September 30, 2013
The U.S. Department of Justice (DOJ) today filed a federal lawsuit seeking to prevent North Carolina from implementing voter suppression measures recently passed by the General Assembly. DOJ’s move underscores how the sweeping Voter Information Verification ACT (VIVA), which includes a photo ID requirement, reductions to early voting, the elimination of same day registration and other measures that burden voting, violates federal law and requires swift legal intervention to preserve the rights of all North Carolina voters. Read the DOJ complaint here.
“We are very encouraged by this development and particularly by the Department’s claims that the new law had the intent, as well as the effect, of discriminating against African-American voters in the state,” said SCSJ Executive Director Anita Earls. Recognizing the new law’s far–reaching threat to voting rights, SCSJ, filed lawsuits in state and federal court on behalf of civic engagement groups and individual voters alleging that the state-issued photo ID requirement, reductions in early voting, elimination of same day voting and other features of the Act will burden the right to vote in violation of the United States Constitution and will dilute African-American voting strength in violation of Section 2 of the Voting Rights Act. Jo Nicholas, President of SCSJ plaintiff organization the NC League of Women Voters, stated that “the League of Women Voters is thrilled that DOJ has joined us and other organizations in the fight to protect voting rights on the ground in North Carolina.” SCSJ voter ID plaintiff Alberta Currie is pleased that the DOJ is intervening to prevent voter suppression. Currie, a 76 year-old granddaughter of slaves who does not have a birth certificate and thus is not eligible to receive a state-issued photo ID, would no longer be able to vote in person under the new law. “If I can’t vote in person like everyone else it wouldn’t feel fair; it would seem like my vote didn’t count,” stated Currie.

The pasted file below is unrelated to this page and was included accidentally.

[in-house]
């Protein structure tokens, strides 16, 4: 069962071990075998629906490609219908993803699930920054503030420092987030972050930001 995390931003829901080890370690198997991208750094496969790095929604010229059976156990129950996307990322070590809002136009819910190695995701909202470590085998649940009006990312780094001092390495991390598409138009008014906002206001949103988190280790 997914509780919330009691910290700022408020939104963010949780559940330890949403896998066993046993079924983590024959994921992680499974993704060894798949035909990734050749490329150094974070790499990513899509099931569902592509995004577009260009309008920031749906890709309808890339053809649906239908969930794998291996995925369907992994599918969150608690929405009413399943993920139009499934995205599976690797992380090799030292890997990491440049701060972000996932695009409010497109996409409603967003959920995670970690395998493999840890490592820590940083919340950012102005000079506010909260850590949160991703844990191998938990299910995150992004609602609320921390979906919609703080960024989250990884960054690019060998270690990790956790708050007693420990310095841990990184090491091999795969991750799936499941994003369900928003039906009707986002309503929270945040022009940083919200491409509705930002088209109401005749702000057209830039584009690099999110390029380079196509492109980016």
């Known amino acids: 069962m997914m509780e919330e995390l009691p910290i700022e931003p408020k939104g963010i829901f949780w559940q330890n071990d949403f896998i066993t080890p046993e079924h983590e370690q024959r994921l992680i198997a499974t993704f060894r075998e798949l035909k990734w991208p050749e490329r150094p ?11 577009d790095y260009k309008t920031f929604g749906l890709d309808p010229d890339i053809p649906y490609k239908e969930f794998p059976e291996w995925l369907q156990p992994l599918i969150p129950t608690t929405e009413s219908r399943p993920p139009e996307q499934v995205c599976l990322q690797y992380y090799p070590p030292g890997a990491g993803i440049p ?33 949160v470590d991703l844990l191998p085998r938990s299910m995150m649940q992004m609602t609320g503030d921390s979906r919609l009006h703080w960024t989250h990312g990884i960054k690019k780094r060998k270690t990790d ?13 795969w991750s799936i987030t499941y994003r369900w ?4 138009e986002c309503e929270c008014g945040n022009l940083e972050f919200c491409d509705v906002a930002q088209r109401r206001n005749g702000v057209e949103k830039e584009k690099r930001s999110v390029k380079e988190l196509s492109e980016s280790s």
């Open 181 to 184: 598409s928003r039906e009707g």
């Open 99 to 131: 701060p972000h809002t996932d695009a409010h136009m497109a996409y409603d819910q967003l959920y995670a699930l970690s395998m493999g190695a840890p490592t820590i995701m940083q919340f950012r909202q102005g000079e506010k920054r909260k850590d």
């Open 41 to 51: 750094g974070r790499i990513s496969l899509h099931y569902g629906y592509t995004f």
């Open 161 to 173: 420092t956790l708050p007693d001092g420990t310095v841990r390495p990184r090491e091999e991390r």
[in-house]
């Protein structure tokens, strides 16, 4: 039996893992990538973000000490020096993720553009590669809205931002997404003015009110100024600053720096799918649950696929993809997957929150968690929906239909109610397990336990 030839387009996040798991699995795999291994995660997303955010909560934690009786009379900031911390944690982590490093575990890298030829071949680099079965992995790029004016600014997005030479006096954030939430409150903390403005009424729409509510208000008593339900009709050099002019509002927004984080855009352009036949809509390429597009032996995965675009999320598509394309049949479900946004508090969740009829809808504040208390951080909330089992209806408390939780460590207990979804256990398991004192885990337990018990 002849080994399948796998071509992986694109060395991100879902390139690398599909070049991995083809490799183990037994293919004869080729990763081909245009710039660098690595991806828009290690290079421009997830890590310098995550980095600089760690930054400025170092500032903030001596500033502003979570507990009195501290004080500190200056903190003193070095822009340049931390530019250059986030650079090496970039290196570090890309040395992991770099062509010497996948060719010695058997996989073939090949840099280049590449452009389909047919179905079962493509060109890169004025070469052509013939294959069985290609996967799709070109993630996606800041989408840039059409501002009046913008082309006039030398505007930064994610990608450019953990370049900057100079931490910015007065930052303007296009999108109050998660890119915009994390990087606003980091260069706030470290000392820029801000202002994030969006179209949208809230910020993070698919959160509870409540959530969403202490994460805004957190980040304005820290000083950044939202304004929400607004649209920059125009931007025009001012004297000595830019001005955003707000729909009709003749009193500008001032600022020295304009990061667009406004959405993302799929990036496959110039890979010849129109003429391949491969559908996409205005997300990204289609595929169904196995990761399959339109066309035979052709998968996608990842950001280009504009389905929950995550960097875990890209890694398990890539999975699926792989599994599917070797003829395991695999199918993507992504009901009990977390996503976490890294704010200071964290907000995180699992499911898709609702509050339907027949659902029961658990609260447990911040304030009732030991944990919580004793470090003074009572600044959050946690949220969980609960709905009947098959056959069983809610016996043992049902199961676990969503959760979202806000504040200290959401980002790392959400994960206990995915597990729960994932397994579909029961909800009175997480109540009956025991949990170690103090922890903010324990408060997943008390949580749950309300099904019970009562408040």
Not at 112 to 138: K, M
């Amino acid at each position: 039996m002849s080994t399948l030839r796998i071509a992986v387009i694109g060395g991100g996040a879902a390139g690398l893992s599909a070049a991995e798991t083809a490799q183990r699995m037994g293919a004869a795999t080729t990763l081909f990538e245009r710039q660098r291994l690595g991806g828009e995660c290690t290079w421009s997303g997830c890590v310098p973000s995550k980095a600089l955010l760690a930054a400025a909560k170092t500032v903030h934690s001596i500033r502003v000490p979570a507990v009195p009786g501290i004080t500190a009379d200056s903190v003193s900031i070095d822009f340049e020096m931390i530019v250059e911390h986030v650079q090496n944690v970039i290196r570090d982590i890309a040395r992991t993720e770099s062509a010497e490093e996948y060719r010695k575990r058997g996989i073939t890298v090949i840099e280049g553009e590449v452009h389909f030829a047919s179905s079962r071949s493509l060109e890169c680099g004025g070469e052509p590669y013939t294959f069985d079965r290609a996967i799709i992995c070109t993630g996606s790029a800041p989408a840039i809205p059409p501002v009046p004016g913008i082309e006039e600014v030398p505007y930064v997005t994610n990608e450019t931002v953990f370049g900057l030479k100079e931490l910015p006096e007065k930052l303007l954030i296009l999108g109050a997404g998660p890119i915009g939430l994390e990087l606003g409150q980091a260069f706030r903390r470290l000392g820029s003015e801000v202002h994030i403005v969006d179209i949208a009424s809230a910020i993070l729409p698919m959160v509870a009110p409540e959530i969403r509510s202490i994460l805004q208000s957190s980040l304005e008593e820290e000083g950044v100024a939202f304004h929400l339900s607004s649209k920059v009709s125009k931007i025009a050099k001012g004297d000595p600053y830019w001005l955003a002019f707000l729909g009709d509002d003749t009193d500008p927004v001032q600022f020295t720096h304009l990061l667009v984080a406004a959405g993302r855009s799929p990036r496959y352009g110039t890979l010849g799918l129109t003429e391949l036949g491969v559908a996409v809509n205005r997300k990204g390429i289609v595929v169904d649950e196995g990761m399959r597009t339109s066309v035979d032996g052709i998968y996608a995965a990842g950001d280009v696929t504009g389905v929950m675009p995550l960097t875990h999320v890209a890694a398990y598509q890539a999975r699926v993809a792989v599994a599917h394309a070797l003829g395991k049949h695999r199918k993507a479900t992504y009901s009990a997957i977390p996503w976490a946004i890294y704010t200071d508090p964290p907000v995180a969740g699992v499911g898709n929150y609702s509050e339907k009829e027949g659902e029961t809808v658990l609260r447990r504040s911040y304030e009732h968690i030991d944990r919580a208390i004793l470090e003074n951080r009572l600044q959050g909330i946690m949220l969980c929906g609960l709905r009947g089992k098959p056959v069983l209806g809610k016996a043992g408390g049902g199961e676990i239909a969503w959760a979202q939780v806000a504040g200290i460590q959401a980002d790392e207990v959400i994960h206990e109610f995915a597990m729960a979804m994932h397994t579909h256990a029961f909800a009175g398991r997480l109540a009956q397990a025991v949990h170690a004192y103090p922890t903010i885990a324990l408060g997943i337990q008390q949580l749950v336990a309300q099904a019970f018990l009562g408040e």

This development has been covered by the Washington Post, New York Times, Raleigh News & Observer, and WRAL, among others.
DOJ’s action in this case is a strong signal that North Carolina and other states previously covered under Section 5 of the Voting Rights Act will be held accountable for any attempt to weaken the right to vote in the wake of the Supreme Court’s recent decision. Attorney General Holder also announced today that they will seek to require North Carolina to submit voting changes for preclearance under the “bail-in” provision of the Voting Rights Act that extends preclearance requirements to any jurisdiction found to violate the Fourteenth and Fifteenth Amendments of the U.S. Constitution. SCSJ represented the first plaintiffs to seek “bail-in” in Texas, a state where DOJ subsequently asked for “bail-in” as well. “We are happy to see that the Texas bail-in model is being used by DOJ to seek similar relief in North Carolina,” said SCSJ staff attorney Allison Riggs. “SCSJ will continue to battle this law in state and federal court, and appreciates the added support of the DOJ.”
September 30, 2013